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Four Color Politics

Mainly the Quotes of the Morning, with occasional Other Crap.

Tuesday, September 05, 2006

Quotes of the Morning: Pin a Medal On

“I promise.. Someday I will return to happier Quotes. Honest. It’s just that right now too many bad things are going on and I can’t look away. As soon as the Administration stops embarrassing my country I will stop talking about it. You have my word.”
-Skippy


“Marine commanders in Iraq learned within two days of the killings in Haditha last November that Iraqi civilians had died from gunfire, not a roadside bomb as initially reported, but the officers involved saw no reason to investigate further, according to a senior Marine officer.
The commanders have told investigators they had not viewed as unusual, in a combat environment, the discrepancies that emerged almost immediately in accounts about how the two dozen Iraqis died, and that they had no information at the time suggesting that any civilians had been killed deliberately.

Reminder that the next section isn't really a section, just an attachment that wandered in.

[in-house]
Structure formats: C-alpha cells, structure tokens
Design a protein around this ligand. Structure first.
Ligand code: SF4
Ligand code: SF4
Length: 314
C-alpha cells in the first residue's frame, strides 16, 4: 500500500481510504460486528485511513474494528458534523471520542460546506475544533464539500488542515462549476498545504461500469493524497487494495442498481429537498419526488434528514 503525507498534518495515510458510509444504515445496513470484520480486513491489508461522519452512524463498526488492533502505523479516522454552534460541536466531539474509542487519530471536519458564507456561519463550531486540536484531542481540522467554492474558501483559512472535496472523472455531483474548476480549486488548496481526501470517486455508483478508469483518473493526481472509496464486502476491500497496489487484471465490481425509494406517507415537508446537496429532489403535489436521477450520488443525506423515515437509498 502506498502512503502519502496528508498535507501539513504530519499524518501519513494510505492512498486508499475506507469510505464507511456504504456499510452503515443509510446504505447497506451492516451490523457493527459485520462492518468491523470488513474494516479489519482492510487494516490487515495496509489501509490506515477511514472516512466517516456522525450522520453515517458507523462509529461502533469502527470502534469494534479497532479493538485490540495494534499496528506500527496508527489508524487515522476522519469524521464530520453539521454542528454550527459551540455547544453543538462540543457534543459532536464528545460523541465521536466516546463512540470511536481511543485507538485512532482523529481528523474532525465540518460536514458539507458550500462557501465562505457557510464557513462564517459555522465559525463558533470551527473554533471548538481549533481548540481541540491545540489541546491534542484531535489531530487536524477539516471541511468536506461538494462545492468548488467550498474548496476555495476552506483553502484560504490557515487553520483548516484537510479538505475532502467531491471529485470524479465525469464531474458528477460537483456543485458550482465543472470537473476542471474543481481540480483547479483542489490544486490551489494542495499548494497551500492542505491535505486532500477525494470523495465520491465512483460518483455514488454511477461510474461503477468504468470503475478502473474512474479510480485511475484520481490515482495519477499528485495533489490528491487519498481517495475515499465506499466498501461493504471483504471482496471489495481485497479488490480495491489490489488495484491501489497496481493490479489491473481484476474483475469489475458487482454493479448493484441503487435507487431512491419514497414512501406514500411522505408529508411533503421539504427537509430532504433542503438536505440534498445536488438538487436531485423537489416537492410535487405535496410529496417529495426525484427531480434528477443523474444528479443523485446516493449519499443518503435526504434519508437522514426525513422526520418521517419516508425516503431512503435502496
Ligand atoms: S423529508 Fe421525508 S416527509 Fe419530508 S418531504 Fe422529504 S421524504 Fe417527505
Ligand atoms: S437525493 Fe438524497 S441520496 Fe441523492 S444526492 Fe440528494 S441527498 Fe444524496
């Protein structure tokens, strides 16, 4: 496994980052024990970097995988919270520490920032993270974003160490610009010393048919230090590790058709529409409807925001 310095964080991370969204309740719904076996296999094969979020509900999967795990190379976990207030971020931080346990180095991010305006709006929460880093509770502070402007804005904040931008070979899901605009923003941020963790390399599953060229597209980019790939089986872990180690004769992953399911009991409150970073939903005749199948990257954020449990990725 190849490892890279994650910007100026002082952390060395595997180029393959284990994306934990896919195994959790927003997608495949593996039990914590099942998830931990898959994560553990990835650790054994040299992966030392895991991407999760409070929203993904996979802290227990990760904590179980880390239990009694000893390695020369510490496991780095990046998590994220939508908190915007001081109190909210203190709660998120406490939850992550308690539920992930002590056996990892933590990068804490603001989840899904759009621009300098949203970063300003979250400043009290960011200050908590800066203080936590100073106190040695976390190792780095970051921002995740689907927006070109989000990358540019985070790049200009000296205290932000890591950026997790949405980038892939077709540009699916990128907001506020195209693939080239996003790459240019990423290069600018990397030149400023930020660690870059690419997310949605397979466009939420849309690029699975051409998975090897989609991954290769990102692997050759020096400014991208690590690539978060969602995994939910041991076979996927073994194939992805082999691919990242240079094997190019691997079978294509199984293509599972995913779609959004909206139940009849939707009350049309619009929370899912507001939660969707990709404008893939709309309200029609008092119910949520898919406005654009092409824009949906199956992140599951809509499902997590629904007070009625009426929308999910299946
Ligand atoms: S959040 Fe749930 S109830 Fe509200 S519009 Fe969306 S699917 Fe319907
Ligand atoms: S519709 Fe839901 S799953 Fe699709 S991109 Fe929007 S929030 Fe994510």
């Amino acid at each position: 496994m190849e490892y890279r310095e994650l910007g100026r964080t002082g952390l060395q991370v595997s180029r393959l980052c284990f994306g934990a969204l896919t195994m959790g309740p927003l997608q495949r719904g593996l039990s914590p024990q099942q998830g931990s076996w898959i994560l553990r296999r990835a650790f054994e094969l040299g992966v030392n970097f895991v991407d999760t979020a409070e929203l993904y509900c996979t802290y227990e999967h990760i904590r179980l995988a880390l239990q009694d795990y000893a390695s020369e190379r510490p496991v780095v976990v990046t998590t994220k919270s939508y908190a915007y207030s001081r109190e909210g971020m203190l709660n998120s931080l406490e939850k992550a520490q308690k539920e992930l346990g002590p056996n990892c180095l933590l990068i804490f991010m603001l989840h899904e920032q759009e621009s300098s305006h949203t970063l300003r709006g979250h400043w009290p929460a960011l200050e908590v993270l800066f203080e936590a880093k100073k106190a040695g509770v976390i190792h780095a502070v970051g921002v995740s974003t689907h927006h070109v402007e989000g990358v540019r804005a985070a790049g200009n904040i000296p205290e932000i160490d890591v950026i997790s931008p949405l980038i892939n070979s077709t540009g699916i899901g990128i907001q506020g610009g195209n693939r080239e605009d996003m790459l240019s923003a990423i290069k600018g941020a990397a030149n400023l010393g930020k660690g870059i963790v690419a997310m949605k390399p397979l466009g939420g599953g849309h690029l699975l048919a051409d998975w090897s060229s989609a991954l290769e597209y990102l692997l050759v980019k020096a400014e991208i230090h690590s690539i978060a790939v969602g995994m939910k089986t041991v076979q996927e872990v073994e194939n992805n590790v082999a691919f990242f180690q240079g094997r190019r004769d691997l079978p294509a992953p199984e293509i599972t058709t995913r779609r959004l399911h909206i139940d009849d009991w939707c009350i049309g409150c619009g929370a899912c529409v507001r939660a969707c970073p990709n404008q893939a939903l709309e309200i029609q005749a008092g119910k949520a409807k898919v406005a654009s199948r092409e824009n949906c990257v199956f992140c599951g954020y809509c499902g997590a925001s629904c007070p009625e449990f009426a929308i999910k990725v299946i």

But the handling of the matter by the senior Marine commanders in Haditha, and whether officers and enlisted personnel tried to cover up what happened or missed signs suggesting that the civilian killings were not accidental, has become a major element of the investigation by an Army general into the entire episode.
Officials have said that the investigation, while not yet complete, is likely to conclude that a small group of marines carried out the unprovoked killings of two dozen civilians in the hours after a makeshift bomb killed a marine.
A senior Marine general familiar with the investigation, which is being led by Maj. Gen. Eldon A. Bargewell of the Army, said in an interview that it had not yet established how high up the chain of command culpability for the killings extended. But he said there were strong suspicions that some officers knew that the Marine squad's version of events had enough holes and discrepancies that it should have been looked into more deeply.”
-New York Times, June 3, 2006

“Hmm.. Not quite true. Not only did they realize that the incident didn’t happen like they first claimed and still not want to investigate further, they also wanted to give the leader of the group that slaughtered the Iraqi civilians a medal for heroism.”
-Skippy


“The platoon commander for the squad of Marines who killed as many as two dozen Iraqi civilians during an attack in Haditha last year recommended later that the sergeant who led the attack receive a medal for his heroism that day, according to military documents.